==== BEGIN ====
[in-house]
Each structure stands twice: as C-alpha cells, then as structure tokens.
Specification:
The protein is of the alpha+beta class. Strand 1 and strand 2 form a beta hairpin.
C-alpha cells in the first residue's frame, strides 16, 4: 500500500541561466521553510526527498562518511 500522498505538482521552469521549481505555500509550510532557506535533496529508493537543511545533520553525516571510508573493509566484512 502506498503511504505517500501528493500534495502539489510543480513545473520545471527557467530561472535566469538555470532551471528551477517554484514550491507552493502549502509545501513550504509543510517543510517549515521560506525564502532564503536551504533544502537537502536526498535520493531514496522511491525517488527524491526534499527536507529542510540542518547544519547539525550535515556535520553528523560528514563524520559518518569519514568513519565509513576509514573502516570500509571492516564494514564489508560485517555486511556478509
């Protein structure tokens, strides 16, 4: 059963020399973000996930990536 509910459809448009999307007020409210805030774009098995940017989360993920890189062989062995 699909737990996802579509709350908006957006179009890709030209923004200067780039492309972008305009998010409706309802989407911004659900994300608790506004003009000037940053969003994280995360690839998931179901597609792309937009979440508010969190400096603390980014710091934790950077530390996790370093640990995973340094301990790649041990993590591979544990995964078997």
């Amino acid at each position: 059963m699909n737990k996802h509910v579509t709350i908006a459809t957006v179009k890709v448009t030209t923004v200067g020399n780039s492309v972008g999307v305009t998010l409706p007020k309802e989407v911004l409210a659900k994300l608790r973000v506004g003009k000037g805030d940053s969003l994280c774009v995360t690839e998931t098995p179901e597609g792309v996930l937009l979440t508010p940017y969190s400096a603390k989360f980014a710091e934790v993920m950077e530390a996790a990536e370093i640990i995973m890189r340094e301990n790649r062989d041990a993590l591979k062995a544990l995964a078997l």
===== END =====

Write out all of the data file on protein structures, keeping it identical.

[in-house]
Each structure stands twice: as C-alpha cells, then as structure tokens.
Specification:
The protein is of the alpha+beta class. Strand 1 and strand 2 form a beta hairpin.
C-alpha cells in the first residue's frame, strides 16, 4: 500500500541561466521553510526527498562518511 500522498505538482521552469521549481505555500509550510532557506535533496529508493537543511545533520553525516571510508573493509566484512 502506498503511504505517500501528493500534495502539489510543480513545473520545471527557467530561472535566469538555470532551471528551477517554484514550491507552493502549502509545501513550504509543510517543510517549515521560506525564502532564503536551504533544502537537502536526498535520493531514496522511491525517488527524491526534499527536507529542510540542518547544519547539525550535515556535520553528523560528514563524520559518518569519514568513519565509513576509514573502516570500509571492516564494514564489508560485517555486511556478509
């Protein structure tokens, strides 16, 4: 059963020399973000996930990536 509910459809448009999307007020409210805030774009098995940017989360993920890189062989062995 699909737990996802579509709350908006957006179009890709030209923004200067780039492309972008305009998010409706309802989407911004659900994300608790506004003009000037940053969003994280995360690839998931179901597609792309937009979440508010969190400096603390980014710091934790950077530390996790370093640990995973340094301990790649041990993590591979544990995964078997």
């Amino acid at each position: 059963m699909n737990k996802h509910v579509t709350i908006a459809t957006v179009k890709v448009t030209t923004v200067g020399n780039s492309v972008g999307v305009t998010l409706p007020k309802e989407v911004l409210a659900k994300l608790r973000v506004g003009k000037g805030d940053s969003l994280c774009v995360t690839e998931t098995p179901e597609g792309v996930l937009l979440t508010p940017y969190s400096a603390k989360f980014a710091e934790v993920m950077e530390a996790a990536e370093i640990i995973m890189r340094e301990n790649r062989d041990a993590l591979k062995a544990l995964a078997l």